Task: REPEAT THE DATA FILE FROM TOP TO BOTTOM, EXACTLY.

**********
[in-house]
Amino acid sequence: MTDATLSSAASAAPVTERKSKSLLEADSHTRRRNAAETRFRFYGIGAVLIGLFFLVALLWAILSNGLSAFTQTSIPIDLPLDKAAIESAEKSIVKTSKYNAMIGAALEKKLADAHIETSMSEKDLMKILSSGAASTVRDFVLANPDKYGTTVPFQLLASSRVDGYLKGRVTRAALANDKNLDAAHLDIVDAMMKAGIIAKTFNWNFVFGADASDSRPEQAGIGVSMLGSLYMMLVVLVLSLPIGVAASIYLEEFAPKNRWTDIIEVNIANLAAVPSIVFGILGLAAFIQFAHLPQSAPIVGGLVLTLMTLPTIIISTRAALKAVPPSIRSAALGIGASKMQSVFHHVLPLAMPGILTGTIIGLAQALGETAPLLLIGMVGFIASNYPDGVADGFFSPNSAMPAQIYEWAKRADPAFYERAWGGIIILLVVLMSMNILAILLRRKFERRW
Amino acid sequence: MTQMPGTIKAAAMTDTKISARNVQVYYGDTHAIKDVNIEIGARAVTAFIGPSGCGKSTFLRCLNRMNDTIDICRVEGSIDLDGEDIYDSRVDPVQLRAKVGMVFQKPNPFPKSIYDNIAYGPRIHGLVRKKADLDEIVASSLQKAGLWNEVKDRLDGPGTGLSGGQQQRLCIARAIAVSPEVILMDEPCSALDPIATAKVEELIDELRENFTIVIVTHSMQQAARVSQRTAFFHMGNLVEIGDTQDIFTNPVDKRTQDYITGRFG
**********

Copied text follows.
[in-house]
Amino acid sequence: MTDATLSSAASAAPVTERKSKSLLEADSHTRRRNAAETRFRFYGIGAVLIGLFFLVALLWAILSNGLSAFTQTSIPIDLPLDKAAIESAEKSIVKTSKYNAMIGAALEKKLADAHIETSMSEKDLMKILSSGAASTVRDFVLANPDKYGTTVPFQLLASSRVDGYLKGRVTRAALANDKNLDAAHLDIVDAMMKAGIIAKTFNWNFVFGADASDSRPEQAGIGVSMLGSLYMMLVVLVLSLPIGVAASIYLEEFAPKNRWTDIIEVNIANLAAVPSIVFGILGLAAFIQFAHLPQSAPIVGGLVLTLMTLPTIIISTRAALKAVPPSIRSAALGIGASKMQSVFHHVLPLAMPGILTGTIIGLAQALGETAPLLLIGMVGFIASNYPDGVADGFFSPNSAMPAQIYEWAKRADPAFYERAWGGIIILLVVLMSMNILAILLRRKFERRW
Amino acid sequence: MTQMPGTIKAAAMTDTKISARNVQVYYGDTHAIKDVNIEIGARAVTAFIGPSGCGKSTFLRCLNRMNDTIDICRVEGSIDLDGEDIYDSRVDPVQLRAKVGMVFQKPNPFPKSIYDNIAYGPRIHGLVRKKADLDEIVASSLQKAGLWNEVKDRLDGPGTGLSGGQQQRLCIARAIAVSPEVILMDEPCSALDPIATAKVEELIDELRENFTIVIVTHSMQQAARVSQRTAFFHMGNLVEIGDTQDIFTNPVDKRTQDYITGRFG